As Theranos’ bubble pops, will Silicon Valley follow suit?
Tuesday, June 07, 2016
In 2003, as a 19-year-old Stanford dropout, Elizabeth Holmes founded Theranos, a company that aimed to revolutionize the medical technology field with a streamlined blood-testing process.
For most of the subsequent years thereafter, it looked like Holmes' company was well on its way to becoming that revolutionary force with its Edison testing device, which claimed to accurately perform traditional blood tests with just a finger prick and a few drops of blood.
But as Holmes and Theranos have come crashing down in recent days, they may be the harbinger of another tech bubble bursting.
In Theranos' early days, round after round of venture capital funding streamed in, and the startup signed retail deals with Walgreens and Safeway. Such was the success of the venture that Holmes was worth more than $1 billion before turning 30.
However, in the fall of last year, The Wall Street Journal investigated Theranos, finding the Edison tests were not what they purported to be. The story set off a wave of inquiries into Holmes' budding empire. Now Theranos is under investigation by the Securities and Exchange Commission, and federal regulators have proposed that Holmes be banned from owning or running testing labs for two years.
The culmination of Holmes' downfall came June 1, when Forbes — a magazine that had valued the scientist-entrepreneur at $4.5 billion and No. 121 on its most recent list of the 400 richest people in America — lowered her net worth to nothing.
While Theranos' rise and fall is not typical, even for the big-money venture capital world of Silicon Valley, it does hint at a couple of big issues in the Valley and in tech as a whole.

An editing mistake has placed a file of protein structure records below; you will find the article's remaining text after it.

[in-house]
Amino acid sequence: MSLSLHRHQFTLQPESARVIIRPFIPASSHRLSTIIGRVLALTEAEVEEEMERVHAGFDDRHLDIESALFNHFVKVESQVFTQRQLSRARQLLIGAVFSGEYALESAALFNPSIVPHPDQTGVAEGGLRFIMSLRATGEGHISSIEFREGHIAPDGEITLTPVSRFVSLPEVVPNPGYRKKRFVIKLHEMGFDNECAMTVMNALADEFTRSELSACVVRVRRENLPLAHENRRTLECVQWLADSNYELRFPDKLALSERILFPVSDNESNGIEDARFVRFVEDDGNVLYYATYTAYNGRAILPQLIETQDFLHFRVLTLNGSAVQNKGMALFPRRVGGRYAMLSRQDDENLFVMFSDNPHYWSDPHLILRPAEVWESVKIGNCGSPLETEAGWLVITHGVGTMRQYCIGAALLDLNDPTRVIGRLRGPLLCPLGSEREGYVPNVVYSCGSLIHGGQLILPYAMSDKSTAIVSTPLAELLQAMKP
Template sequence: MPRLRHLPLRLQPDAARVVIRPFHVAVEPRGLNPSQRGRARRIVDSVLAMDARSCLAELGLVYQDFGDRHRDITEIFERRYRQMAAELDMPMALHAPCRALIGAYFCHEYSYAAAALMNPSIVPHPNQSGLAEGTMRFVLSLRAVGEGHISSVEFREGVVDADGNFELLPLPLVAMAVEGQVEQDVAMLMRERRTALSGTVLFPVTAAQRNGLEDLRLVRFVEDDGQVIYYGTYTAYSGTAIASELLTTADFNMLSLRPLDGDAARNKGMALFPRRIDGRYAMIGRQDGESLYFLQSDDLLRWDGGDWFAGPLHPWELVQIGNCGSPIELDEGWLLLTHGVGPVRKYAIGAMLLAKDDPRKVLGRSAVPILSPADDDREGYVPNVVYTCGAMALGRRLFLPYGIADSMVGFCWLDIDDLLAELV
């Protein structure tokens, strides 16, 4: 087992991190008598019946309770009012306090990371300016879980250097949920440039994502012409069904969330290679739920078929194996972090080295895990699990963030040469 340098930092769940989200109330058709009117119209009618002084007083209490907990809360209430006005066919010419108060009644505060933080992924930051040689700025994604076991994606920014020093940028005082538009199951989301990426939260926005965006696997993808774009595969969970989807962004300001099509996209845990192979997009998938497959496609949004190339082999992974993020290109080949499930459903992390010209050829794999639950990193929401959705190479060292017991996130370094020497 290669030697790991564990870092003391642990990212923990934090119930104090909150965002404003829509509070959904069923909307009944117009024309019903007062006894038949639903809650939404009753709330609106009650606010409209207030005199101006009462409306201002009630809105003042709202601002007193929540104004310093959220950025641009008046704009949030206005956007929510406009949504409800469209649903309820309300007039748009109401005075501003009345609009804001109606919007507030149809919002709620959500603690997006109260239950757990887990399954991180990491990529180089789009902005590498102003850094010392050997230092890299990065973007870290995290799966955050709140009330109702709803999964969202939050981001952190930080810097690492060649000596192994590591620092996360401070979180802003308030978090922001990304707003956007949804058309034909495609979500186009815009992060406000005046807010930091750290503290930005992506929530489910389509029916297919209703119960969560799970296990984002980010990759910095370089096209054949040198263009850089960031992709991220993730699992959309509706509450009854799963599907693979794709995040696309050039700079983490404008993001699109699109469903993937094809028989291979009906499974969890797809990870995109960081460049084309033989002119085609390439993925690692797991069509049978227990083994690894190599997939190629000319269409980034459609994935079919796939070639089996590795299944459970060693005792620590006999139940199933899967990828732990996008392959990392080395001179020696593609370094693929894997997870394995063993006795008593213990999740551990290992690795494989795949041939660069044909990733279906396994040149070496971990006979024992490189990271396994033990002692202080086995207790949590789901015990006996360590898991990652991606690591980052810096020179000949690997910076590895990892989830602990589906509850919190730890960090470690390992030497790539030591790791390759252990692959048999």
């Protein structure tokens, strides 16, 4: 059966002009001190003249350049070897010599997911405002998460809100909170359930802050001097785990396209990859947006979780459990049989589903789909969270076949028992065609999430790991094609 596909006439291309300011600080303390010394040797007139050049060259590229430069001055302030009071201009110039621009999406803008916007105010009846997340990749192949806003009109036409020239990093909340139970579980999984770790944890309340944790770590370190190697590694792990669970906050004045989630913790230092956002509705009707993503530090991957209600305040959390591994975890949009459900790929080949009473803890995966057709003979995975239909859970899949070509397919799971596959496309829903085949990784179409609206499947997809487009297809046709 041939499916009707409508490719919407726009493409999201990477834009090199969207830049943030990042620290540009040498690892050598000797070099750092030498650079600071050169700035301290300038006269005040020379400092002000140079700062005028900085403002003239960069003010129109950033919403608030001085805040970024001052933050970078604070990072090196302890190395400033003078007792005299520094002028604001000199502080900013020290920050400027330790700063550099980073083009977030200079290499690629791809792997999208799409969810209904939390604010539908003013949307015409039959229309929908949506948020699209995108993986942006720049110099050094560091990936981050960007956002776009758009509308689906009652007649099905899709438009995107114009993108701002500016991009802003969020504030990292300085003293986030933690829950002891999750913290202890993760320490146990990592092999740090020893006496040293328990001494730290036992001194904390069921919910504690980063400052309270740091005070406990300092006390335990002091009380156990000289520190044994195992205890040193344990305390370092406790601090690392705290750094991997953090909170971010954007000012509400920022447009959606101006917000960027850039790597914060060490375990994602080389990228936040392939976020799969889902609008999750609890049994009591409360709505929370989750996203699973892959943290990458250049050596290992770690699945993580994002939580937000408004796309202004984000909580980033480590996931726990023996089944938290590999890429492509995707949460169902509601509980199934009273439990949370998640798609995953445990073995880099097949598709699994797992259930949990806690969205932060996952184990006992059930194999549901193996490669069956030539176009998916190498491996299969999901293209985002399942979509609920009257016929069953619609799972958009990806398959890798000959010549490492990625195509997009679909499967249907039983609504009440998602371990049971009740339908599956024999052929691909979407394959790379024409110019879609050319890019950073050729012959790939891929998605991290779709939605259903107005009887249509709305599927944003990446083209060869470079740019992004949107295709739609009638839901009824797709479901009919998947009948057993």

Even before the controversy about Theranos hit its nadir in recent months, there was concern that "unicorn" startups — private tech companies valued at $1 billion or more based on venture capital rounds, like Theranos — were significantly overvalued.
In November, mobile payments company Square began an initial public offering (IPO) with share volumes and prices that put it well below its private evaluation, and even below its expected IPO price. Then, once public, Square dipped below that lower opening IPO price in January.
And unlike Theranos, which operates in one (albeit very large) industry and with a single dominant marketable product, Square has a line of services and products for many businesses, and its credit card readers are prevalent at small-business retailers. While Square ran afoul of payment-licensing regulations in some states a few years ago, there's no evidence that it has defrauded anyone on the level of what Theranos is accused of.
Last year, just 28 tech companies went public in the U.S., the fewest since the partial recession year of 2009. This year, that number has plummeted to just two. In fact, there were none in the first quarter at all, and the first tech IPO of 2016 was cybersecurity firm SecureWorks, a subsidiary of multibillion-dollar giant Dell. Even demand for that public offering was weaker than expected.
"What's happening now is just going to take the bottom out of these private valuations, many of which are imaginary. And this valuation reset is going to have a very negative effect on new funding," said IPO expert Kathleen Smith of Renaissance Capital in a feature in Fortune magazine about the recent struggles of Silicon Valley IPOs.
Many business publications have compared the situation in tech now to the infamous dot-com bubble of 1999 and 2000. However, the biggest difference between then and now is that hundreds of tech companies went public in those days, which made the stocks themselves artificially high, adversely affecting the whole market and the average stockholder's portfolio. With tech IPOs moving at a glacial rate, the average investor won't be at as much of a risk this time around.
This much is clear: The days of stock market investor cash flowing into tech IPOs on Wall Street have come to an emphatic standstill. Whether this is a temporary market correction aimed at weeding out untrustworthy companies and unicorns, or the full-blown popping of a tech bubble remains to be seen.
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